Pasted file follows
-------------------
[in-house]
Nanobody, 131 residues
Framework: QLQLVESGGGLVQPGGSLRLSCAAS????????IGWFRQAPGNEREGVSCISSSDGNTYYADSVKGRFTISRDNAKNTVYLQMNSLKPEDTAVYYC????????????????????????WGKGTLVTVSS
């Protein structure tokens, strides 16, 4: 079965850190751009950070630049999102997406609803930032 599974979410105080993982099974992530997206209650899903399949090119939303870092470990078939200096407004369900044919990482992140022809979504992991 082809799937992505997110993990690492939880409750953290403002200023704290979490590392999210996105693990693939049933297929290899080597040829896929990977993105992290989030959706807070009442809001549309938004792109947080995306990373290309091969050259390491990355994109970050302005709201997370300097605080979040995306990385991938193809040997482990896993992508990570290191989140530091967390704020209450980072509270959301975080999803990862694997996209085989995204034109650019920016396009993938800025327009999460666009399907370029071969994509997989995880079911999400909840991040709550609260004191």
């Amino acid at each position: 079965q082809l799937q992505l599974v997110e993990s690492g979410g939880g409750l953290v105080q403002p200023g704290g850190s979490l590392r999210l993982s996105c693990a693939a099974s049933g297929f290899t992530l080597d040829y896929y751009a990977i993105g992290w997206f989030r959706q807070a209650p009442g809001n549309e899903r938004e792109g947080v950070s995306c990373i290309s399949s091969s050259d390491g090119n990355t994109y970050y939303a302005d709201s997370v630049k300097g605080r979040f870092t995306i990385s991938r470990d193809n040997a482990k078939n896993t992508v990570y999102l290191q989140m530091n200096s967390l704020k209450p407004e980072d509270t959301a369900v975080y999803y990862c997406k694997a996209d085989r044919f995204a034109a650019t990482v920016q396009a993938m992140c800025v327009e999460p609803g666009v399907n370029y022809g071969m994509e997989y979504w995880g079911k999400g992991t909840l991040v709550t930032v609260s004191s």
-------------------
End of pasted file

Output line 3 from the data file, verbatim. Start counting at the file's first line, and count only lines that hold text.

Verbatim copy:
Framework: QLQLVESGGGLVQPGGSLRLSCAAS????????IGWFRQAPGNEREGVSCISSSDGNTYYADSVKGRFTISRDNAKNTVYLQMNSLKPEDTAVYYC????????????????????????WGKGTLVTVSS